- Build resilient automation: When RPA code doesn’t follow best practices, automations are breakable, hard to debug and require lots of handholding. Defining and enforcing code standards helps reduce this burden. This may include detailed logging and error handling, shared workflow components, or dynamic, easy-to-change configuration values.
- Choose the right processes: Just because you can automate with RPA doesn’t mean you should. Instead, be diligent and select only meaningful processes to automate to avoid maintenance headaches down the road. For example, one RPA team settled on a process for their Proof of Concept that was easy to build but also very low impact. It resulted in automation they released and had to keep maintaining, even though it wasn’t adding business value.
- Qualify change requests: Once a bot is live, business users are likely to ask, “what if the bot could also….?”. Make sure to prioritize change requests alongside other initiatives and don’t drop everything to address minor fixes. In some cases, it may even make sense to turn off automation – and swallow your collective RPA pride – rather than complete required updates.
3. Broaden Your Automation Horizons
Perhaps the most pervasive challenge facing RPA programs is maintaining a healthy pipeline of automation ideas. Obvious use cases are often picked off early, leaving your team to scrounge for candidates after an initial RPA boom. So, what do you do when your backlog is ebbing?
- Take a process-first approach: RPA teams can be like a hammer looking for nails to hit, guided by a narrow, tool-driven mindset. To avoid excluding ideas that aren’t a strict RPA fit, shift your mentality to a broader, business value-driven approach. This means looking at processes on their own and assessing the potentials gains from improvement without focusing on solutions. The result may not always be RPA automation, but you’re still likely to find RPA opportunities and almost certain to improve business processes.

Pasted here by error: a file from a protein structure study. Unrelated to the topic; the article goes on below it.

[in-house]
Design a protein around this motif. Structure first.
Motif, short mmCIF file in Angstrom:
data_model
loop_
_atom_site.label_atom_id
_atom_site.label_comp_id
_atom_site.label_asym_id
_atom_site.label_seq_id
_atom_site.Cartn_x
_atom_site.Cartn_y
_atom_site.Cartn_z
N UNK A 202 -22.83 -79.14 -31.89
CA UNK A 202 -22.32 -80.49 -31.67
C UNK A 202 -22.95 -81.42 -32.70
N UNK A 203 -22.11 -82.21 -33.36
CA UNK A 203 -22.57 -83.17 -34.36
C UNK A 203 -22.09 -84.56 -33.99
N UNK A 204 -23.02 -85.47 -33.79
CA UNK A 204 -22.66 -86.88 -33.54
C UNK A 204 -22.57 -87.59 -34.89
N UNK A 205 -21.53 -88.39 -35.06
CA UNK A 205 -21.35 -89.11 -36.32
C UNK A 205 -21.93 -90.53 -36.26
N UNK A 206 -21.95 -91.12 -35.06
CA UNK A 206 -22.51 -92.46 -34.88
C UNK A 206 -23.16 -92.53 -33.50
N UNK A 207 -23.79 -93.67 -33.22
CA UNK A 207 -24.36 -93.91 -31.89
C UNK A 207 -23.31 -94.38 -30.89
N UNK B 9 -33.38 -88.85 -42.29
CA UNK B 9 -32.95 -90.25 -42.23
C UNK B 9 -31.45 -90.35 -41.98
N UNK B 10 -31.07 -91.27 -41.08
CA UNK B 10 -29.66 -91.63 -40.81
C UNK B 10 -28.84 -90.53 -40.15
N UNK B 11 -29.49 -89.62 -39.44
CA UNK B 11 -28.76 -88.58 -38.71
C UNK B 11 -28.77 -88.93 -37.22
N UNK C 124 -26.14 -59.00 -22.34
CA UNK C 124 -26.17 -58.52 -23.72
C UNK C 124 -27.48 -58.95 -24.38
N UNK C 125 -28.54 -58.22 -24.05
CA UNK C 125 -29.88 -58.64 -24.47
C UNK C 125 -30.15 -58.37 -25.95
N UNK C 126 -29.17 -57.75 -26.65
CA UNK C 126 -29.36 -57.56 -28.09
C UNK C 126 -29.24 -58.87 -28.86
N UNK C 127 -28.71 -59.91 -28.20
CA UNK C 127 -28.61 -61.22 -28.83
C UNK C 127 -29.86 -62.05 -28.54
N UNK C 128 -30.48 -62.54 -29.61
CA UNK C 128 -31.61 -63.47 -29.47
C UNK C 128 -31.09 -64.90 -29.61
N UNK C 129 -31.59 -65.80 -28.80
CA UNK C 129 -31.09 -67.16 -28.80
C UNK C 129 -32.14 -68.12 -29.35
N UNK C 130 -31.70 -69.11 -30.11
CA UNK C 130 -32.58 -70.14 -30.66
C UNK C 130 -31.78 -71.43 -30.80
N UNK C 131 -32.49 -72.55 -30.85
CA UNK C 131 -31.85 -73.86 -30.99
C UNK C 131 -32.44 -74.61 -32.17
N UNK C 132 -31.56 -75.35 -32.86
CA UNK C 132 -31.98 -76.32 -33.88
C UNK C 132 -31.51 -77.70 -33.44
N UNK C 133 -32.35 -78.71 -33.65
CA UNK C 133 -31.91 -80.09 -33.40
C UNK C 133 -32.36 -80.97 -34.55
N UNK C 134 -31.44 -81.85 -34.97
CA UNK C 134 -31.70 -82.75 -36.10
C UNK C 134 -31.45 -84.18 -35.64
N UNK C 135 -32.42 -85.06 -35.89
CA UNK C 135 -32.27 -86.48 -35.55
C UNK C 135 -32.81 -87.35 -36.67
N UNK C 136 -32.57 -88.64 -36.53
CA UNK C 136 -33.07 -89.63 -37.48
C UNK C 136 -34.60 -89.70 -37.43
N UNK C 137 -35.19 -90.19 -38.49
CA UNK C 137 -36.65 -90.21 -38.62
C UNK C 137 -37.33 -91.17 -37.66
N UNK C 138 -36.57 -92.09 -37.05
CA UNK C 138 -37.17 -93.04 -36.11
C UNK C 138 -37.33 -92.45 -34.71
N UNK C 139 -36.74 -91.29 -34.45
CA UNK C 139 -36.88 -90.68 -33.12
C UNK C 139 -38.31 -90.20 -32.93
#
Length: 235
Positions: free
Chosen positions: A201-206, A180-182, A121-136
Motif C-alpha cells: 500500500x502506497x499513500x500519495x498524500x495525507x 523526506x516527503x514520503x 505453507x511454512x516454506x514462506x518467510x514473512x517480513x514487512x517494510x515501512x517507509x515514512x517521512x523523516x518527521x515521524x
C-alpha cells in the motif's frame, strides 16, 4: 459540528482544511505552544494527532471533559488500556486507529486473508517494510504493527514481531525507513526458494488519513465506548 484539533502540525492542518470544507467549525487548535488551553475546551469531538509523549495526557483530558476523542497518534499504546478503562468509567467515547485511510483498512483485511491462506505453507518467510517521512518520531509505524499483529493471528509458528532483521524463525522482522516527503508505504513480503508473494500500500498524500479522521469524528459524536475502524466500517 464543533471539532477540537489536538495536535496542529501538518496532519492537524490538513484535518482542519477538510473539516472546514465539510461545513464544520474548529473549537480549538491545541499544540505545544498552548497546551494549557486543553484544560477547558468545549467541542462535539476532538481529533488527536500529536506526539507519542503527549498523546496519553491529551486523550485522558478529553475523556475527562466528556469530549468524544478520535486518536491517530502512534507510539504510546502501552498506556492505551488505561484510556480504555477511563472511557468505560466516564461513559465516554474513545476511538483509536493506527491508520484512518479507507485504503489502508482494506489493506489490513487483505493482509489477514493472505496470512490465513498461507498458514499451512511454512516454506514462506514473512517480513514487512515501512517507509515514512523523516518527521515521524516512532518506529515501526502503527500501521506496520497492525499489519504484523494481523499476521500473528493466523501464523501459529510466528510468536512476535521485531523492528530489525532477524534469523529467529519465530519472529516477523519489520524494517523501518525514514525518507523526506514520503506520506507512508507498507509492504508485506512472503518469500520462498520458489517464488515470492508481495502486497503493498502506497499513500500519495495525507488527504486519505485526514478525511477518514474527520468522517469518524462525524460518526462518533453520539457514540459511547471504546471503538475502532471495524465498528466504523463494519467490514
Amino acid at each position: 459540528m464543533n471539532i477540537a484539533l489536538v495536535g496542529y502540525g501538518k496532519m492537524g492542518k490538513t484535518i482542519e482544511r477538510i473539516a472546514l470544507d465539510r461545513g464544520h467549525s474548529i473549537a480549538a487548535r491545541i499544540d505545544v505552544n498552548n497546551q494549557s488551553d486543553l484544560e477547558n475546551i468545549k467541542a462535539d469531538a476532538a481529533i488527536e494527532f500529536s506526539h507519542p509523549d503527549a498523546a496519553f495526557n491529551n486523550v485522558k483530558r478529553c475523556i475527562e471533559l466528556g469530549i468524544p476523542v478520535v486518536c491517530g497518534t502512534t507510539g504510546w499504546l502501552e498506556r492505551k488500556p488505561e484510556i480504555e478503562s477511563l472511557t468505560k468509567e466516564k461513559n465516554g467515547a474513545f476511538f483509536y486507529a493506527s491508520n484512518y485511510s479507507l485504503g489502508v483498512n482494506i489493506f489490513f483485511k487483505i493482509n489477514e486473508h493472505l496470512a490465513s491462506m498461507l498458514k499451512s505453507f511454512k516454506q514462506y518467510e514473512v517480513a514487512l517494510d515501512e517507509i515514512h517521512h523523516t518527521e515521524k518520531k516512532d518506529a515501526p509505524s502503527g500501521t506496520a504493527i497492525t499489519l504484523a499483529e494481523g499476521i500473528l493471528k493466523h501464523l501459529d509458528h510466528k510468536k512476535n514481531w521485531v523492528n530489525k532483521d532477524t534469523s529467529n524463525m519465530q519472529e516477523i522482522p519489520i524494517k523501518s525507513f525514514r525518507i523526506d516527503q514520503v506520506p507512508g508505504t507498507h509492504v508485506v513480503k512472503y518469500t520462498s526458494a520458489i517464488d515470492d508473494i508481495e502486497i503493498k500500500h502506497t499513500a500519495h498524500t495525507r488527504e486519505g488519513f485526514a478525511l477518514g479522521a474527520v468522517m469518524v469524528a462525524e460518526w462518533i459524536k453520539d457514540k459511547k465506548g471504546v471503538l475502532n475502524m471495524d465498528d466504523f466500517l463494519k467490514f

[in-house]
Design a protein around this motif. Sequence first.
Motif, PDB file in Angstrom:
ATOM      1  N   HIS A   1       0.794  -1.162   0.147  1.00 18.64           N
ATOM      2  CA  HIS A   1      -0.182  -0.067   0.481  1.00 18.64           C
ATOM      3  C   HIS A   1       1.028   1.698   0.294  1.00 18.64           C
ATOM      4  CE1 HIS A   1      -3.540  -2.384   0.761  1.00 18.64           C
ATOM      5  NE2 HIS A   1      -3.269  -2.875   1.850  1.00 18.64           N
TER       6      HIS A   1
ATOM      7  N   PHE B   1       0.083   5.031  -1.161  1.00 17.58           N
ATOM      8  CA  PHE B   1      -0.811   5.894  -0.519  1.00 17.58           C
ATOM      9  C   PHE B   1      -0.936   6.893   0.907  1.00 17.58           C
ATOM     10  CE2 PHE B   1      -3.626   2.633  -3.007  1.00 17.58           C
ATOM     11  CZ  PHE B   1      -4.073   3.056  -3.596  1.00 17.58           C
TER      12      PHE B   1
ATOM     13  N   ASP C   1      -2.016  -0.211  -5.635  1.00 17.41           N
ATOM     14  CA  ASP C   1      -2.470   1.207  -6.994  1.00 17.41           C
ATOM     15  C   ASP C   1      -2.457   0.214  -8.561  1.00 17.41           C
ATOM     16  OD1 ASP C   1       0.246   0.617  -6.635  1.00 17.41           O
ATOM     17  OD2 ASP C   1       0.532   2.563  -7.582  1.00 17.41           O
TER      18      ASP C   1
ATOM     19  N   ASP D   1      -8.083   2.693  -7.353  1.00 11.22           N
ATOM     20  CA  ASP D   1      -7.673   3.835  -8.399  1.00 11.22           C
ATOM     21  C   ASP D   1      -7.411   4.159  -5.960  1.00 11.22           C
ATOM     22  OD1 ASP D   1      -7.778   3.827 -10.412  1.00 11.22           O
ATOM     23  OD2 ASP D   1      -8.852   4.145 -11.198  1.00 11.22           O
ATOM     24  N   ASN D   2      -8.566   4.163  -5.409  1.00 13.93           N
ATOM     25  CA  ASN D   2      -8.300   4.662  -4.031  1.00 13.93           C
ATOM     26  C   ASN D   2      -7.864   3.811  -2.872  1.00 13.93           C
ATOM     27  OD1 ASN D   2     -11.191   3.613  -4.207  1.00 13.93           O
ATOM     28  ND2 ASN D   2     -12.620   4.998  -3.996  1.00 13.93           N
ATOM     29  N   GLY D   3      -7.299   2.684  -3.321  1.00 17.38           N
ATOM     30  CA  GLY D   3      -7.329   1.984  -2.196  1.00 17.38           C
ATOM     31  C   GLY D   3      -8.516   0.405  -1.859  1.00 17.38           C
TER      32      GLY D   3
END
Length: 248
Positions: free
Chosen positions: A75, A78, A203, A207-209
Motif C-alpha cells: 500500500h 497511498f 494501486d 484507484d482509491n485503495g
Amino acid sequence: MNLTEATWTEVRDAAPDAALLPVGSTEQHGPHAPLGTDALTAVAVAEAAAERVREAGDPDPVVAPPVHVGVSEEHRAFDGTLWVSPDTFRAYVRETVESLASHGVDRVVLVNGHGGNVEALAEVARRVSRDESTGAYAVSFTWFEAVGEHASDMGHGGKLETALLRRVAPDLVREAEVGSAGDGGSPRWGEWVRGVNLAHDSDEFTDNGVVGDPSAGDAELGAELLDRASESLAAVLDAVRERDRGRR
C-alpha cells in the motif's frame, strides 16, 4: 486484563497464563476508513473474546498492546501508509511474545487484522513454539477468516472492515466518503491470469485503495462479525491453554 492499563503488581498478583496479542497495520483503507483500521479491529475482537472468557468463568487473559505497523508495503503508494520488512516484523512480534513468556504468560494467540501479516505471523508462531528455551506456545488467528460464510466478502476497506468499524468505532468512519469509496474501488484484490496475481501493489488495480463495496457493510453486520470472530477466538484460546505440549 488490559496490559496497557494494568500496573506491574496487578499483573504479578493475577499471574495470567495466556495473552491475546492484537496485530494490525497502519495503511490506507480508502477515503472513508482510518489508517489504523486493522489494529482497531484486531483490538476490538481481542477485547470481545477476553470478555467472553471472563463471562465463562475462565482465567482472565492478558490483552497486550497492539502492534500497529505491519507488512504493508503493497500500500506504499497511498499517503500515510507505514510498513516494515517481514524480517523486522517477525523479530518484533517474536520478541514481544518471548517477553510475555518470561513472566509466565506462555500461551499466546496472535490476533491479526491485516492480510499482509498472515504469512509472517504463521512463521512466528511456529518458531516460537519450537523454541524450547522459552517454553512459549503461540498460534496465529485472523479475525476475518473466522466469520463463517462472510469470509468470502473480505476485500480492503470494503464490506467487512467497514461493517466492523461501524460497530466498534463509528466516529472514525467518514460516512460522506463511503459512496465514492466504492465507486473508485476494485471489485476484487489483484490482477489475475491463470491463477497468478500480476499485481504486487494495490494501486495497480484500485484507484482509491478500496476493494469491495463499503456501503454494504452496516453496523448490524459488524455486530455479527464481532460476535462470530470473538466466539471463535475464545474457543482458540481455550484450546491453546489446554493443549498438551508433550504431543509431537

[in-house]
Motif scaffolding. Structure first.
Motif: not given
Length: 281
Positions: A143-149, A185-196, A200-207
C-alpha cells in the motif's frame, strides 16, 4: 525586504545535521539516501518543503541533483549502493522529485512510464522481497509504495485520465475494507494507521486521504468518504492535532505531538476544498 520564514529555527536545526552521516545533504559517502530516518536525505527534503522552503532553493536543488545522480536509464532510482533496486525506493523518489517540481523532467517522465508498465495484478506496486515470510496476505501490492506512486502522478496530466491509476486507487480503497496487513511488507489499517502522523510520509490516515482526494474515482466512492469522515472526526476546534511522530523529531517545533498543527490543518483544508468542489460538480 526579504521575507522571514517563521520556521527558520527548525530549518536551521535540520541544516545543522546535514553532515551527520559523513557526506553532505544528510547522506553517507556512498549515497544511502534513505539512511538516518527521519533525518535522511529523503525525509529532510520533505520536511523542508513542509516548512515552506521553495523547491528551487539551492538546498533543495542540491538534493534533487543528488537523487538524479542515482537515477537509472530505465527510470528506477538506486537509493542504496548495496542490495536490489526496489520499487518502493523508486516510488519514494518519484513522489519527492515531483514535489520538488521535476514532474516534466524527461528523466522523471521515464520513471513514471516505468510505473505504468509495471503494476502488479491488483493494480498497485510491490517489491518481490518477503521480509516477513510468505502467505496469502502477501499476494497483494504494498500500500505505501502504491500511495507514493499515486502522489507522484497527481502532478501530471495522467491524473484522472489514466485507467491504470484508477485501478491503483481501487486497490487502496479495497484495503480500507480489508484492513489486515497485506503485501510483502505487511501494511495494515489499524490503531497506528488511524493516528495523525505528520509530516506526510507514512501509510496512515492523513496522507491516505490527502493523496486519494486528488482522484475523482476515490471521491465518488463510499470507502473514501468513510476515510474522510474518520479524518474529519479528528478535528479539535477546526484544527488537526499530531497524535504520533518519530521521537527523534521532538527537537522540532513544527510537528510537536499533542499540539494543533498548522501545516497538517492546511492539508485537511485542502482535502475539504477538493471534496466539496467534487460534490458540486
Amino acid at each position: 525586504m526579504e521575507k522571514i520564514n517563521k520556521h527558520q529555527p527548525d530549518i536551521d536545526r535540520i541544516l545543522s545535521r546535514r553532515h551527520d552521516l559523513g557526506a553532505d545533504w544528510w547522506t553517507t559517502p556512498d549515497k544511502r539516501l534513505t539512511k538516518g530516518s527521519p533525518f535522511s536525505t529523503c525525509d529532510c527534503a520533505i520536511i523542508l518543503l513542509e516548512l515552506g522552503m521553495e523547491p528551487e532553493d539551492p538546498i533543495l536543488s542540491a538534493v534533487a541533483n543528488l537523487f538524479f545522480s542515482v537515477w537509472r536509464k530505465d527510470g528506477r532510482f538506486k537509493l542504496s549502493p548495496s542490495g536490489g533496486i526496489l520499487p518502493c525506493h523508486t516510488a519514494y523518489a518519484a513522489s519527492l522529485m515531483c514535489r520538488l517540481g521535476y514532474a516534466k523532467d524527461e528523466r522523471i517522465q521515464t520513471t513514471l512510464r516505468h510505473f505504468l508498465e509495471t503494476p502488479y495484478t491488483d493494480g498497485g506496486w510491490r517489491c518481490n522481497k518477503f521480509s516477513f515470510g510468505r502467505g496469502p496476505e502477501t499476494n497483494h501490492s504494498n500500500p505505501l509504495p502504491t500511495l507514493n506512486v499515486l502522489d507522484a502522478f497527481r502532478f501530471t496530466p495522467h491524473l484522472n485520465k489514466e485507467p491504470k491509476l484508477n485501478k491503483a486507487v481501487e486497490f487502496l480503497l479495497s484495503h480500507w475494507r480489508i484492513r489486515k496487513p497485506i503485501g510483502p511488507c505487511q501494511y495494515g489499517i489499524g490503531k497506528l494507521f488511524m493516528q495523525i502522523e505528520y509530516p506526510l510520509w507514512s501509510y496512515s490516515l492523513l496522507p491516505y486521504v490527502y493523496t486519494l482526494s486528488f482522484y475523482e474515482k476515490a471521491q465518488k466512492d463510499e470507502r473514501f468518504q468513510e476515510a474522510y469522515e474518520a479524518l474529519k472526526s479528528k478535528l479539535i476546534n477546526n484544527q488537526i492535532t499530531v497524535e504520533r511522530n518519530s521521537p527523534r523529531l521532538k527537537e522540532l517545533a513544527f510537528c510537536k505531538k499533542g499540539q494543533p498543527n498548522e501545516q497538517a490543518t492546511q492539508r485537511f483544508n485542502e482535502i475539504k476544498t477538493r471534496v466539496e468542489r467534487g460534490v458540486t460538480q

- Add AI capabilities: RPA is powerful but can’t automate most processes end to end. Rather than pick and choose parts of a process to inject task automation, you can augment your solutions with AI-based capabilities – like machine learning and intelligent document processing – which excel at the subjective tasks RPA can’t address. These tools are more powerful and accessible than ever, unlocking more automation opportunities while creating better end-to-end solutions.
- Use data-driven process discovery: If your business users struggle to identify good use cases or submit low-value ideas, consider automated discovery tools like process mining or task mining to uncover opportunities with high business value. These tools read actual data from teams performing day-to-day processes, surfacing insights that can highlight bottlenecks and make a strong business case for automation.
Don’t Just Automate Stuff
A recurring theme you may have noticed is “Don’t just automate stuff!” That probably seems obvious, but too often the pressure to demonstrate RPA’s value leads to quick wins that don’t last and bot quantity over quality. We often say, “Automating a bad process just gets you bad results faster,” which RPA can enable when not wielded properly. Instead, we encourage a measured approach to how, where and when you employ RPA. Keep short-term benefits in context, and don’t wait to build the solid foundation needed for a scalable and sustainable program.
Ultimately, there are many strategies that your RPA program can benefit from, regardless of size or maturity. And no matter where you are in your journey, it’s never too late to adjust your approach.